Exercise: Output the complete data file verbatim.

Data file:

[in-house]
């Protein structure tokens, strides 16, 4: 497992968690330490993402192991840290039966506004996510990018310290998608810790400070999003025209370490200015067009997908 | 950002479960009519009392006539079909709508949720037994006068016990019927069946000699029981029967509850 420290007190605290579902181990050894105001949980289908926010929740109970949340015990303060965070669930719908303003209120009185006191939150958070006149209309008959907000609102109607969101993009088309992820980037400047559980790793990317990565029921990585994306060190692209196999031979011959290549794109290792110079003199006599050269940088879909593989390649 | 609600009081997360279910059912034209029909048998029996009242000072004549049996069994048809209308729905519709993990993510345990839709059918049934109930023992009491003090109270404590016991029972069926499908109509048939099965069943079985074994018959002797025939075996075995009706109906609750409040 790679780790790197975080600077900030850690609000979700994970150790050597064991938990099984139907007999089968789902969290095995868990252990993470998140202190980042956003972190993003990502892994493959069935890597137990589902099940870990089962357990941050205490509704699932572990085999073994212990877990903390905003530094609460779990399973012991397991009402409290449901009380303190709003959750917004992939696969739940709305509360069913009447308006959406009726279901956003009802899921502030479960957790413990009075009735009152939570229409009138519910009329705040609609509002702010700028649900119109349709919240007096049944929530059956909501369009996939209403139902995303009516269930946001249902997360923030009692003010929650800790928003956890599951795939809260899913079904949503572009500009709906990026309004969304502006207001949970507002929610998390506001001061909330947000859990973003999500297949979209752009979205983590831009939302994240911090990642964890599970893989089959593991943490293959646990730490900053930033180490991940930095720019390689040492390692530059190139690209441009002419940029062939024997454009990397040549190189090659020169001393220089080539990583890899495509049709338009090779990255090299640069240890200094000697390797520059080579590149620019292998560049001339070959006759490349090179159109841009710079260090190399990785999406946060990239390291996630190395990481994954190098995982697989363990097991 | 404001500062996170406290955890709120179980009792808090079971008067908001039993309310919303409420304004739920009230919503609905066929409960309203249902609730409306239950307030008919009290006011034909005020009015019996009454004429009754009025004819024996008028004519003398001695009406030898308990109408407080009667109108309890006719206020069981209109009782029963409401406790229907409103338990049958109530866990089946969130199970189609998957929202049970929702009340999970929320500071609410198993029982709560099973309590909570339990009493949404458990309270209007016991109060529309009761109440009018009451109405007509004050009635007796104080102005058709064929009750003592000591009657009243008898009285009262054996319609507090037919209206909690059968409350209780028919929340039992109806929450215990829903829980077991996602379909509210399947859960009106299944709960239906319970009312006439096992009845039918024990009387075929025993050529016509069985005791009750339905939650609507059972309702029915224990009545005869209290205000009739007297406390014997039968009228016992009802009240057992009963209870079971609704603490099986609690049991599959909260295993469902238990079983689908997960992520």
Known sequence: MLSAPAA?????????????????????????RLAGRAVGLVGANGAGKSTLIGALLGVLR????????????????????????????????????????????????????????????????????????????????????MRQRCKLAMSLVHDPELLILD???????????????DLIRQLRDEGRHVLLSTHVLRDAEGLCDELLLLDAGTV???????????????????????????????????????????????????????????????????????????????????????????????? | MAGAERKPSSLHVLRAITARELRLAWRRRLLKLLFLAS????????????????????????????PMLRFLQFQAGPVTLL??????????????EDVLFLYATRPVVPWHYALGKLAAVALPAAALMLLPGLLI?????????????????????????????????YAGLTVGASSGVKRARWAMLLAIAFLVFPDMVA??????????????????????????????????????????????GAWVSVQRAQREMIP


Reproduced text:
[in-house]
């Protein structure tokens, strides 16, 4: 497992968690330490993402192991840290039966506004996510990018310290998608810790400070999003025209370490200015067009997908 | 950002479960009519009392006539079909709508949720037994006068016990019927069946000699029981029967509850 420290007190605290579902181990050894105001949980289908926010929740109970949340015990303060965070669930719908303003209120009185006191939150958070006149209309008959907000609102109607969101993009088309992820980037400047559980790793990317990565029921990585994306060190692209196999031979011959290549794109290792110079003199006599050269940088879909593989390649 | 609600009081997360279910059912034209029909048998029996009242000072004549049996069994048809209308729905519709993990993510345990839709059918049934109930023992009491003090109270404590016991029972069926499908109509048939099965069943079985074994018959002797025939075996075995009706109906609750409040 790679780790790197975080600077900030850690609000979700994970150790050597064991938990099984139907007999089968789902969290095995868990252990993470998140202190980042956003972190993003990502892994493959069935890597137990589902099940870990089962357990941050205490509704699932572990085999073994212990877990903390905003530094609460779990399973012991397991009402409290449901009380303190709003959750917004992939696969739940709305509360069913009447308006959406009726279901956003009802899921502030479960957790413990009075009735009152939570229409009138519910009329705040609609509002702010700028649900119109349709919240007096049944929530059956909501369009996939209403139902995303009516269930946001249902997360923030009692003010929650800790928003956890599951795939809260899913079904949503572009500009709906990026309004969304502006207001949970507002929610998390506001001061909330947000859990973003999500297949979209752009979205983590831009939302994240911090990642964890599970893989089959593991943490293959646990730490900053930033180490991940930095720019390689040492390692530059190139690209441009002419940029062939024997454009990397040549190189090659020169001393220089080539990583890899495509049709338009090779990255090299640069240890200094000697390797520059080579590149620019292998560049001339070959006759490349090179159109841009710079260090190399990785999406946060990239390291996630190395990481994954190098995982697989363990097991 | 404001500062996170406290955890709120179980009792808090079971008067908001039993309310919303409420304004739920009230919503609905066929409960309203249902609730409306239950307030008919009290006011034909005020009015019996009454004429009754009025004819024996008028004519003398001695009406030898308990109408407080009667109108309890006719206020069981209109009782029963409401406790229907409103338990049958109530866990089946969130199970189609998957929202049970929702009340999970929320500071609410198993029982709560099973309590909570339990009493949404458990309270209007016991109060529309009761109440009018009451109405007509004050009635007796104080102005058709064929009750003592000591009657009243008898009285009262054996319609507090037919209206909690059968409350209780028919929340039992109806929450215990829903829980077991996602379909509210399947859960009106299944709960239906319970009312006439096992009845039918024990009387075929025993050529016509069985005791009750339905939650609507059972309702029915224990009545005869209290205000009739007297406390014997039968009228016992009802009240057992009963209870079971609704603490099986609690049991599959909260295993469902238990079983689908997960992520």
Known sequence: MLSAPAA?????????????????????????RLAGRAVGLVGANGAGKSTLIGALLGVLR????????????????????????????????????????????????????????????????????????????????????MRQRCKLAMSLVHDPELLILD???????????????DLIRQLRDEGRHVLLSTHVLRDAEGLCDELLLLDAGTV???????????????????????????????????????????????????????????????????????????????????????????????? | MAGAERKPSSLHVLRAITARELRLAWRRRLLKLLFLAS????????????????????????????PMLRFLQFQAGPVTLL??????????????EDVLFLYATRPVVPWHYALGKLAAVALPAAALMLLPGLLI?????????????????????????????????YAGLTVGASSGVKRARWAMLLAIAFLVFPDMVA??????????????????????????????????????????????GAWVSVQRAQREMIP